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Avian Antics

Heron

Heron

WildFile

By ROB PINKERTON

Sometimes there seems to be nothing to write about. Eric Nicol, a humourist and the late columnist with the Vancouver Province said “If all you have is garbage, give them your best garbage”. We also know that sex sells so sprinkle some of that in the garbage and you have a column. Perhaps it would be wise to rip this page from the magazine right now and don’t let your mother see it.

The rites of spring are upon us. They are being observed by birds and animals all around us. What did you think I was going to write about? People have decided to be “civilized” and no longer observe these rites in public. Our ancestors did. The ancient Brits use to roll around together in the fields to promote crop fertility. Then along came Queen Victoria and other institutions and spoiled everybody’s fun. Birds especially were not influenced by the Queen and perform their rituals for all to see.

The first to get started are the flickers. In early March they start drumming with their beaks on anything that makes a satisfying noise such as various parts of your house. Then they will wake you at dawn with their long cackling cry. Is this racket-that will go on for months-to establish territory or to attract chicks? The starlings are already thinking of nesting and are poking around in my flicker box. I have given up trying to keep them out. They move in way before the flickers have formalized their relationships and are ready to get down to business.

I have noticed that the varied thrushes do not whistle their clear single note to each other until early March. There are two pairs that come to our feeder and they got along fine all winter. Now they chase each other whenever they meet.

The house sparrow or English sparrow was introduced by colonists in the New York area and they have spread over most of North and South America. One of the reasons for their success is that they behave in a very un-English like manner and breed a lot. The males decide very early in the year that the nest should be built and starts to harass the females. He is permitted to do the grunt work, like carrying the nest material. Then the missus takes over and does the decorating. Mr. Sparrow then follows his mate everywhere, doing a silly dance that is supposed to turn her on. He spreads his tail, pirouettes and chirps incessantly. She will get exasperated and turn on him, pull his tail and give him a severe thrashing. Eventually she gives in and they mate. After the kids are out of the nest, he immediately starts his routine again. This way they can get three nests done in a season. You have probably seen pigeons doing much the same thing…the male puffing up his chest and dancing all around a disinterested female. Men eh! It is all they think about?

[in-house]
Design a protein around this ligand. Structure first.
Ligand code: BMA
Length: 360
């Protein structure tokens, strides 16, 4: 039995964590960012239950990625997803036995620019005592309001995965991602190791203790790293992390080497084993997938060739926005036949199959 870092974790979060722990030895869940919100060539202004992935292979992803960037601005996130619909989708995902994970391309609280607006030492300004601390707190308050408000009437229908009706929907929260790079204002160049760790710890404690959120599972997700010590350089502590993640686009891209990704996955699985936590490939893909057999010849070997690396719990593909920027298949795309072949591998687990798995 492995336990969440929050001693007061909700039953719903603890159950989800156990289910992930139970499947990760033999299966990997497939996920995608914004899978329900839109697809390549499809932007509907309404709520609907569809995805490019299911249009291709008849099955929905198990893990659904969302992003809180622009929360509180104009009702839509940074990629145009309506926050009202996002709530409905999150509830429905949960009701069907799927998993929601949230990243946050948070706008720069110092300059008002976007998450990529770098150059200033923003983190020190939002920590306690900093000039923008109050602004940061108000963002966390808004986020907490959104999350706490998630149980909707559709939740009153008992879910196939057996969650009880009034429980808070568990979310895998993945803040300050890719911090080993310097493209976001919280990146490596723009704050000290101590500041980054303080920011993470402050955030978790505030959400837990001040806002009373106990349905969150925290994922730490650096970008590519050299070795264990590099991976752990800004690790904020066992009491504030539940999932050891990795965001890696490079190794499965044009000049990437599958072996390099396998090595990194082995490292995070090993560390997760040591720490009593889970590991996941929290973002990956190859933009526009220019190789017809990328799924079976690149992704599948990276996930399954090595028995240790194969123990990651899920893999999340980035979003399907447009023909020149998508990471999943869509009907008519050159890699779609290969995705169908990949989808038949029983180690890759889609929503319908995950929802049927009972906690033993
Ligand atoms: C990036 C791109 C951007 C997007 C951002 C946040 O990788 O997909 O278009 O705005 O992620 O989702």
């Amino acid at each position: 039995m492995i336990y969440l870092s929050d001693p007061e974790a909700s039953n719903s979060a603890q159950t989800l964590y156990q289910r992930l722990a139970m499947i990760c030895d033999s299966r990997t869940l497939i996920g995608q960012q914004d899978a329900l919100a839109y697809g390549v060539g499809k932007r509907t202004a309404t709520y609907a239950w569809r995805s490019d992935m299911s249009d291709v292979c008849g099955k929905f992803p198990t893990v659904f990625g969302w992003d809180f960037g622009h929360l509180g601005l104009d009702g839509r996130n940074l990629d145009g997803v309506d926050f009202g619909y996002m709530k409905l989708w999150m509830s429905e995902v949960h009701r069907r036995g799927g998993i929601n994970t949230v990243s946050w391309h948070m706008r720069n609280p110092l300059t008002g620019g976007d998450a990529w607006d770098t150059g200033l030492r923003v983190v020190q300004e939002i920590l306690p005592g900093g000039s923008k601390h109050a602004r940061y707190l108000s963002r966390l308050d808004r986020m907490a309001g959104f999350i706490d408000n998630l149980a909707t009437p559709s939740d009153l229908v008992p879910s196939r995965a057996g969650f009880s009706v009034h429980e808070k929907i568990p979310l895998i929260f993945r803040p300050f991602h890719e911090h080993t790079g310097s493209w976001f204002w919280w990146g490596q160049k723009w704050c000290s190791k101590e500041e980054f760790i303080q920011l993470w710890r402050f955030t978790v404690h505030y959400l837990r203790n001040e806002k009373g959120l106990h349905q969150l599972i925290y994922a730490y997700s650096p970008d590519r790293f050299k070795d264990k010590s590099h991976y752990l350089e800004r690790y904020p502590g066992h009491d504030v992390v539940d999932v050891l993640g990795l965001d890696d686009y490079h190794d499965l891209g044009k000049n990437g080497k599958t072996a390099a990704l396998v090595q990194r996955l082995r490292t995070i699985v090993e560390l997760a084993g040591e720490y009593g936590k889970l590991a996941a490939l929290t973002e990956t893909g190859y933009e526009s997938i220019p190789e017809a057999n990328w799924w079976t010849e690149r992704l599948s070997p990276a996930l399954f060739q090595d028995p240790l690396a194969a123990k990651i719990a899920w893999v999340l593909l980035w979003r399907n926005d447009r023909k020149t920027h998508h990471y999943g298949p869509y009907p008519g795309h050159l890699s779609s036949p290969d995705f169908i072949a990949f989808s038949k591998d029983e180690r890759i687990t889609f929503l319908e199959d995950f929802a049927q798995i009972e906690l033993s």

Have you ever seen two pileated woodpeckers chase each other around the trunk of a tree? This “getting to know you” ritual is very funny to watch. Bald eagles clenching and spiraling down from the sky are spectacular. I don’t know if they are mating or fighting. It looks like fighting but who knows. Have you ever wondered how hummingbirds manage?

It is easy to anthropomorphize (there’s that word again) about crows. They will sit on a wire or branch and rub beaks and nuzzle like a couple of teenagers who have discovered what fun it is.

The common loon lives up to its name this time of year. There is great deal of strutting and dancing which is fascinating to watch as it is done on the water. Then they chase each other (probably males chasing off other males) for hours. I have never seen the grebes do their mating dance except on TV but I imagine that those who live on the waterfront in Saltair can get a good look with binoculars. It is a spectacular and bizarre ritual. The boys rear up with outstretched wings, long necks and heads pointed skyward and run on the water. The girls seem to be impressed.
Pheromones are in the air. Please try to be civilized. But then to heck with the Queen. Go for it.

About the author: Rob Pinkerton

Rob Pinkerton